My pal Braumeister, the blonde Lab and I are up at the farm bow hunting and hanging-out. It’s been raining steadily so the gardens are a sucking morass and the potatoes unharvested. Between torrential bouts of monsoons we did get the firewood stacked. Since I still cannot hunt and Brau still hasn’t gotten a deer we dined on grilled pork steaks from the local butcher.
Before some of you get your hopes up I have no immediate plans to checkout of this earthly realm anytime soon. I do have a bucket list of sorts that I've been working on. It isn't clearly defined so it changes frequently and both increases and shrinks with time. But like I said I've made some progress.
Let it be known that nobody has ever returned from deer camp, a South Dakota pheasant hunt or fish camp hungry. While the cast of characters may vary - one thing is certain - we're going to stack-up the deer, clobber the pheasants and limit-out on fish.
My earliest memory of fishing was getting up in the dark with my dad and picking-up grandpa and driving all the way to Port Washington to sit along the break wall with cane poles to catch perch. Sometimes the fishing was good. Sometimes not so good. Whether or not it was good or not so good a stop was made at Smith Brothers for smoked chubs for grandma.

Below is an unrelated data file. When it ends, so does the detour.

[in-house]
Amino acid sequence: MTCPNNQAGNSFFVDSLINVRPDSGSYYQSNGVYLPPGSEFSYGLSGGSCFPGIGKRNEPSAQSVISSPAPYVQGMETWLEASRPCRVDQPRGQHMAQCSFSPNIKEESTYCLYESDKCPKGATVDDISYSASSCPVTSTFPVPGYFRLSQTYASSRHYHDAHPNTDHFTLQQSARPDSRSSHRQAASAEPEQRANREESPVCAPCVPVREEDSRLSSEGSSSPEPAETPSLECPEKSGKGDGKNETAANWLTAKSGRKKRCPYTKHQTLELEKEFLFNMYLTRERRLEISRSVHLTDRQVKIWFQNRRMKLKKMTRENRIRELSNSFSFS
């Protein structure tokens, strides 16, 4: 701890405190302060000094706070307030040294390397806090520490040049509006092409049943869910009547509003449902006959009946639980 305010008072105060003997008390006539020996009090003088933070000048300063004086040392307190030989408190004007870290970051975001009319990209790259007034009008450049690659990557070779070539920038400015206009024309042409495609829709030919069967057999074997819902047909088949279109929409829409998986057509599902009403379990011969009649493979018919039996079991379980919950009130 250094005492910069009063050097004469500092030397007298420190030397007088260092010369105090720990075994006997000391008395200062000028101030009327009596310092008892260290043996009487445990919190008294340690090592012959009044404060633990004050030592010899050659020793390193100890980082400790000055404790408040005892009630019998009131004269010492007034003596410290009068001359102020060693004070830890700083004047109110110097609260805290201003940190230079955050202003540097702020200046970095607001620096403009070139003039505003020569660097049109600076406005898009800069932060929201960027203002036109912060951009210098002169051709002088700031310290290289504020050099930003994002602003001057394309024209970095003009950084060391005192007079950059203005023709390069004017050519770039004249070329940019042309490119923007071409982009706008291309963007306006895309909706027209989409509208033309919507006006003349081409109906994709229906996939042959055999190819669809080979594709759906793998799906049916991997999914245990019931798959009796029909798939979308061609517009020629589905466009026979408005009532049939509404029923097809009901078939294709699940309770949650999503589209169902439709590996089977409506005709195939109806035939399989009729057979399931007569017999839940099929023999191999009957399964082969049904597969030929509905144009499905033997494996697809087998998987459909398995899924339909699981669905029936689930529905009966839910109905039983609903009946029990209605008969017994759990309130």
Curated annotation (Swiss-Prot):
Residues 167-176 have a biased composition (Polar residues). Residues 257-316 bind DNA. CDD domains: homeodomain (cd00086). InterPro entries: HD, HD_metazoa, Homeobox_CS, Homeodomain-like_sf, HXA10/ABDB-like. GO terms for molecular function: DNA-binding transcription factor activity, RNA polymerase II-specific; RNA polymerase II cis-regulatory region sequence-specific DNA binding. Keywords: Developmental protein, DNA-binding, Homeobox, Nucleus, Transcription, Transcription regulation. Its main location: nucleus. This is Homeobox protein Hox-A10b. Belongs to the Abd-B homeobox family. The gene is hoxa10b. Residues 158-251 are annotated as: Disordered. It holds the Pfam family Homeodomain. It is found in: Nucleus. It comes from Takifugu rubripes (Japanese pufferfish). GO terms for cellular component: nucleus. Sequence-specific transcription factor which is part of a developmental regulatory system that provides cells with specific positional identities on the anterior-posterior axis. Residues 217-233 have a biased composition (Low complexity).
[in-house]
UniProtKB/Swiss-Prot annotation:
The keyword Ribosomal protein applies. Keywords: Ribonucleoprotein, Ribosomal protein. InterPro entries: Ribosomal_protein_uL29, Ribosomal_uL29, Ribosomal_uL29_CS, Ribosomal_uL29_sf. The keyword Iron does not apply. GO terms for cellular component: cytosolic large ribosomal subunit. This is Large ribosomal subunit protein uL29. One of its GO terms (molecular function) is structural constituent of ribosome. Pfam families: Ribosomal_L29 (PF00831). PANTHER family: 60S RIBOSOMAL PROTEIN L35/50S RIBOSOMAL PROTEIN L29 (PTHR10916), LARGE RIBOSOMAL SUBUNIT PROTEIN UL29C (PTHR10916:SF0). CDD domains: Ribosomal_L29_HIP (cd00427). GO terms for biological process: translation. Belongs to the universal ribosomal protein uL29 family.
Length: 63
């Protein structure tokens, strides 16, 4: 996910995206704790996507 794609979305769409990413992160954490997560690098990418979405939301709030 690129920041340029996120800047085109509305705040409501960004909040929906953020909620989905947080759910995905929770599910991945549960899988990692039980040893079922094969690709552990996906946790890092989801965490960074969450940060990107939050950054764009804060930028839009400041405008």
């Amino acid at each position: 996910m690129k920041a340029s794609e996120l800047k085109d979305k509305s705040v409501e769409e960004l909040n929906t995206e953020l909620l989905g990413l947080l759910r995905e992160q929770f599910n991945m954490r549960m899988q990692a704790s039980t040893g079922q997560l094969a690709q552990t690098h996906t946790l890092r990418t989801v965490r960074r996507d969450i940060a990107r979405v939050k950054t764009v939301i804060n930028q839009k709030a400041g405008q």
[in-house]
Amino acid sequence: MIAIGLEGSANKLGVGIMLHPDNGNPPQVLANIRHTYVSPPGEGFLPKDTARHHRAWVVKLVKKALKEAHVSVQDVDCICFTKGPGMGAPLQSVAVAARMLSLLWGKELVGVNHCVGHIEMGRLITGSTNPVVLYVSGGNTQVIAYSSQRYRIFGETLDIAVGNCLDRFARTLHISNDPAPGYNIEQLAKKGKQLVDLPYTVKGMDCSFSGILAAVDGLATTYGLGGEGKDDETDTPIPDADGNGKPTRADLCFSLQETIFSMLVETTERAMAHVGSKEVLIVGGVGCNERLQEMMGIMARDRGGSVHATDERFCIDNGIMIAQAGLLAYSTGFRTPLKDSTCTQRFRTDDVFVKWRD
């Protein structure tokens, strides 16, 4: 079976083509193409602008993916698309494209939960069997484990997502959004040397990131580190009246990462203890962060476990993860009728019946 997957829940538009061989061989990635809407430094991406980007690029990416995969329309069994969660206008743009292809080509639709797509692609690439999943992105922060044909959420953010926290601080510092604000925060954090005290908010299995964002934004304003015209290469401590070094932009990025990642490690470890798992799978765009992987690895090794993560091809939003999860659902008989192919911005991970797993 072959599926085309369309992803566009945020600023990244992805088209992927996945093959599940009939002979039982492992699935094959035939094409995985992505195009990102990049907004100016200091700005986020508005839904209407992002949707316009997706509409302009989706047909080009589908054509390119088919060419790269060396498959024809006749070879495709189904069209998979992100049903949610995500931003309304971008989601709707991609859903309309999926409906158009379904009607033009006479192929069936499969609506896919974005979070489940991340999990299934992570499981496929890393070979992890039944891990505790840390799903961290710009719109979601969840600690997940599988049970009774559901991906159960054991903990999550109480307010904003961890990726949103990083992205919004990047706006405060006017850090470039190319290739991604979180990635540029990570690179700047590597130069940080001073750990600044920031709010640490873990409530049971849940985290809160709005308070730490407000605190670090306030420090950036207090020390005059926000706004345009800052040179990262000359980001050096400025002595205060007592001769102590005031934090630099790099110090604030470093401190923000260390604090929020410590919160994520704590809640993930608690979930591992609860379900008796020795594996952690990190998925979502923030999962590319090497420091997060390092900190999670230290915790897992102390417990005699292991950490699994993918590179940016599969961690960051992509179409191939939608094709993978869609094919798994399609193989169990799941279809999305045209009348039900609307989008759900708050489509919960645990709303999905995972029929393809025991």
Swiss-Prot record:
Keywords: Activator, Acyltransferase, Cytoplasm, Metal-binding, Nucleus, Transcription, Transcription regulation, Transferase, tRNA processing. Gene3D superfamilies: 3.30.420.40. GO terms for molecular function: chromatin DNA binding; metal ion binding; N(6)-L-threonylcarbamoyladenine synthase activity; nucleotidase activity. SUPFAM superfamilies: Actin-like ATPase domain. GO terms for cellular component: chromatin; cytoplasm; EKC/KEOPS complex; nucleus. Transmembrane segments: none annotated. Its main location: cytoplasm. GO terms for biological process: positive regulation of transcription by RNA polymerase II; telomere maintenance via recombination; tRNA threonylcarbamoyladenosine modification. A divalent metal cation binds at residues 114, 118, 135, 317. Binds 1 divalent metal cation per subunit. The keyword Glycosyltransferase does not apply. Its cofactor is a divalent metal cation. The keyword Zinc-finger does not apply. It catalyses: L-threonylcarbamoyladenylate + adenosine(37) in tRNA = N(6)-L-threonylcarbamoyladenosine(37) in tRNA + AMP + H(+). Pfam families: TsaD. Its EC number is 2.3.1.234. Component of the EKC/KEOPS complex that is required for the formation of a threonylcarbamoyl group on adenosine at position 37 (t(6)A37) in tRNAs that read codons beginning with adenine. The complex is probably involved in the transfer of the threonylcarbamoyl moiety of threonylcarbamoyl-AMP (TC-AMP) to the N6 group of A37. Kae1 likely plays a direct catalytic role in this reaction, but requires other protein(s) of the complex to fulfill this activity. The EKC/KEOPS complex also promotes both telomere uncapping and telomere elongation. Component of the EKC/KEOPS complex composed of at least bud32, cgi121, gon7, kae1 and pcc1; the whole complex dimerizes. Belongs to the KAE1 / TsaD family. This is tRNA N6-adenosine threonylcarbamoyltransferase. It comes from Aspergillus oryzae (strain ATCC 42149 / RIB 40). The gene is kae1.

I have a suspicion that the Tosa Food Pantry is going to be the beneficiary of some surplus garden produce this week. It has been a busy harvest so far.
This past weekend a bunch of us got together for an organized bike ride. Have I told you lately how well that new hip is working-out? Getting back in the saddle was - in a manner of speaking - just like remembering how to ride a bike.
With all the rancor, finger-pointing, name-calling, pontificating and just plain bad-vibes permeating Wisconsin's atmosphere lately sometimes the best medicine is seeking refuge in a turkey blind or the garden. Better yet - a boat. My pal Sid and I hit the bay yesterday seeking walleye.